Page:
Refurbished Bodega Country Store reopens under new ownership
A century and a half tradition of retail sales at the old McCaughey Bros. building was restored last week when the Bodega Country Store reopened its doors following an 18-month hiatus that allowed for refurbishment and transfer of ownership.
Though still a work in progress, as the new proprietress works to obtain permits for a planned deli and beer and wine sales, the store’s revival means local residents no longer need face a long drive for food staples and other needs in short supply at home.
It also provides a place for passersby to grab a bite or a beverage en route between the Sonoma Coast and inland destinations along busy Bodega Highway, augmenting what’s available at Colleen’s Coffee Shop nearby and The Casino Bar & Grill, a mainstay of the town’s small commercial district.
For Tom Bonfigli and his elderly mother, Helen, who owns the building in which the market and several neighboring businesses operate, the new store also more faithfully aligns with their vision of a community hub after several years of dissatisfaction with the former proprietor.
“We wanted someone who had an interest in the community they were going to be operating in, not just for tourists,” Bonfigli said. “That’s what’s wrong with the county. We cannot forget about the local population. There has to be a combination, a healthy balance.”
Enter the store’s new owner, Ariel Coddington, who moved from Sebastopol to a house on Salmon Creek Road in early 2017 and was interested to discover the market in the center of town was for sale by then-owner Michael Fahmie, who took over the store in 2009. During his tenure, the store increasingly came to reflect his preoccupation with film director Alfred Hitchcock and his iconic film, “The Birds.”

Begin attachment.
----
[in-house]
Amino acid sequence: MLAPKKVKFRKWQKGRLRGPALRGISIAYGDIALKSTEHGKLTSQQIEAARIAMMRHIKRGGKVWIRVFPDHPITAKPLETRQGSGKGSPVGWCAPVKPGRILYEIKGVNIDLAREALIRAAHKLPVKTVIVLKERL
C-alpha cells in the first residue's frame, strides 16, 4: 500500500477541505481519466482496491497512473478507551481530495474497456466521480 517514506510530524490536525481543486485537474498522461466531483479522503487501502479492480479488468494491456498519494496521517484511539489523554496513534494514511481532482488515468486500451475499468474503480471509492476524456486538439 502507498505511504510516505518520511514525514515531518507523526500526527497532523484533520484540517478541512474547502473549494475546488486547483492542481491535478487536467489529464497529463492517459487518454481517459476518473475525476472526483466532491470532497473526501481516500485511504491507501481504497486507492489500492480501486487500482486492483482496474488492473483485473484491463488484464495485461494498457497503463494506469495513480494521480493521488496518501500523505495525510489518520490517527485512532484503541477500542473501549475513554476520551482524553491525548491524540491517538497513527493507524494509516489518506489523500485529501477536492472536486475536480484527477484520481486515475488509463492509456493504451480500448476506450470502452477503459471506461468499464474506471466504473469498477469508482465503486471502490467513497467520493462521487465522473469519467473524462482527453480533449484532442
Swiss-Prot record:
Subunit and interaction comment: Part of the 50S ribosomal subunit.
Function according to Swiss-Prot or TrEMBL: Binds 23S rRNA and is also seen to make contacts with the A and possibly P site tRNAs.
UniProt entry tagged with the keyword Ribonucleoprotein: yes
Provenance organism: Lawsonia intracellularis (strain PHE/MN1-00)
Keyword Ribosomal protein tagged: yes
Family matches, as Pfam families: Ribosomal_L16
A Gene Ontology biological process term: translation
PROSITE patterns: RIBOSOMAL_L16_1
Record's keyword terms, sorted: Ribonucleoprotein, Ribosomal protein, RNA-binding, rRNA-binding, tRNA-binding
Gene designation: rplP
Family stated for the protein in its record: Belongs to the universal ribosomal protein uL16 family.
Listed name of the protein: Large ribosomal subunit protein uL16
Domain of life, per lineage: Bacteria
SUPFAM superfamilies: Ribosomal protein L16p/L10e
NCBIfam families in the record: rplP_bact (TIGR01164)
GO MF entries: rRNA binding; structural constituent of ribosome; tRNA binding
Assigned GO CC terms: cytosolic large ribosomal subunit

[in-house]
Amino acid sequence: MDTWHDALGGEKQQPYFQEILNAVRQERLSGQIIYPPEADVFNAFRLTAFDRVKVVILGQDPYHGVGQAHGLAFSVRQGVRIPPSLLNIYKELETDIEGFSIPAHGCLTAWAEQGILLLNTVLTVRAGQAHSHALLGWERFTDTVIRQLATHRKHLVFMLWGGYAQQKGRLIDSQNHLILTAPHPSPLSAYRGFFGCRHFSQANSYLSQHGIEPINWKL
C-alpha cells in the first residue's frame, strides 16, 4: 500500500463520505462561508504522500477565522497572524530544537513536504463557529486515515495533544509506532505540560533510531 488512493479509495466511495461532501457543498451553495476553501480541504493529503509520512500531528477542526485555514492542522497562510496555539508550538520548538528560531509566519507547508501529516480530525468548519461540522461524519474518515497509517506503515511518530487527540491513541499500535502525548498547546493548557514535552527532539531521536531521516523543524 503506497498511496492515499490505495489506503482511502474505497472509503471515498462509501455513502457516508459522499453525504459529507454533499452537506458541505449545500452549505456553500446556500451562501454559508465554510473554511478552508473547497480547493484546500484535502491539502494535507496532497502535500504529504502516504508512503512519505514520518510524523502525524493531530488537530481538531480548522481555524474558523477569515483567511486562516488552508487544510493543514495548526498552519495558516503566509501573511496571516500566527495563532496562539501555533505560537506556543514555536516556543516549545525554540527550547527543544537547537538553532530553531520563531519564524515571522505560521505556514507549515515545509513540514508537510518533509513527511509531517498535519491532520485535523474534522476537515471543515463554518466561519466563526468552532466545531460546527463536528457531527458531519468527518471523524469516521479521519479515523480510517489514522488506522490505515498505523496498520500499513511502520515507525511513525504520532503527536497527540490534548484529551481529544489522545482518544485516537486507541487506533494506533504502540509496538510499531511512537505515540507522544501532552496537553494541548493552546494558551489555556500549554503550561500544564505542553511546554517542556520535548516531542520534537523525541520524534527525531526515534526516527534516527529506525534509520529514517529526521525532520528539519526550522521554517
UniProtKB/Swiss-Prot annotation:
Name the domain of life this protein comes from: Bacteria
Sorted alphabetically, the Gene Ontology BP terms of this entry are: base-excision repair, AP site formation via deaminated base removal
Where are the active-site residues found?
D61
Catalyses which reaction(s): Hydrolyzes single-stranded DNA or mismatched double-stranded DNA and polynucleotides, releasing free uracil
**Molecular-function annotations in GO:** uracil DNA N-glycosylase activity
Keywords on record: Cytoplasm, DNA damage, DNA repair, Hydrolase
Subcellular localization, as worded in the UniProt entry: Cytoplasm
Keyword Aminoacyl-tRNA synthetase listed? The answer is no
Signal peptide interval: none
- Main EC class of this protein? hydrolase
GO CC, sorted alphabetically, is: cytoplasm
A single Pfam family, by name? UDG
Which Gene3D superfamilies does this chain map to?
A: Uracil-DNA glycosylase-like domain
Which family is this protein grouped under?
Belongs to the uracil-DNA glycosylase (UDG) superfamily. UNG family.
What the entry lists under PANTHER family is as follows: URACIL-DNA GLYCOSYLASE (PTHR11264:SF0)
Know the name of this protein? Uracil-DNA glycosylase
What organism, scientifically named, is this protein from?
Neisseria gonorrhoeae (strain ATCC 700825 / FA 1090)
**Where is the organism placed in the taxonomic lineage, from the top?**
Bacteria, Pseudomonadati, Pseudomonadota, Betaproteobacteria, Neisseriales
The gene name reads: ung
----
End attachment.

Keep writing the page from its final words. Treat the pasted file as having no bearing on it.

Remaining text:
Fahmie, who had been struggling financially, was evicted and the market shuttered before any sale could be negotiated. But Coddington, with help from her boyfriend, Bradley Mills, contacted the Bonfiglis and worked from there.
Coddington, 36, likes the idea of providing a resource to the community and to the wider public at the same time.
“I really love this town. It just seems like this hidden gem,” said Coddington, a native of Israel who moved to California six years ago from New York City. “It has a strong community, and now that (the store) is open, I’m meeting all these people I didn’t know before, and they’re telling me all these stories. It just confirms my feeling.”
The market offers a variety of groceries, fresh produce, locally produced eggs and dairy products, including many organics and gluten-free options.
Once Coddington obtains the proper permits, she hopes to have a well-stocked deli, as well.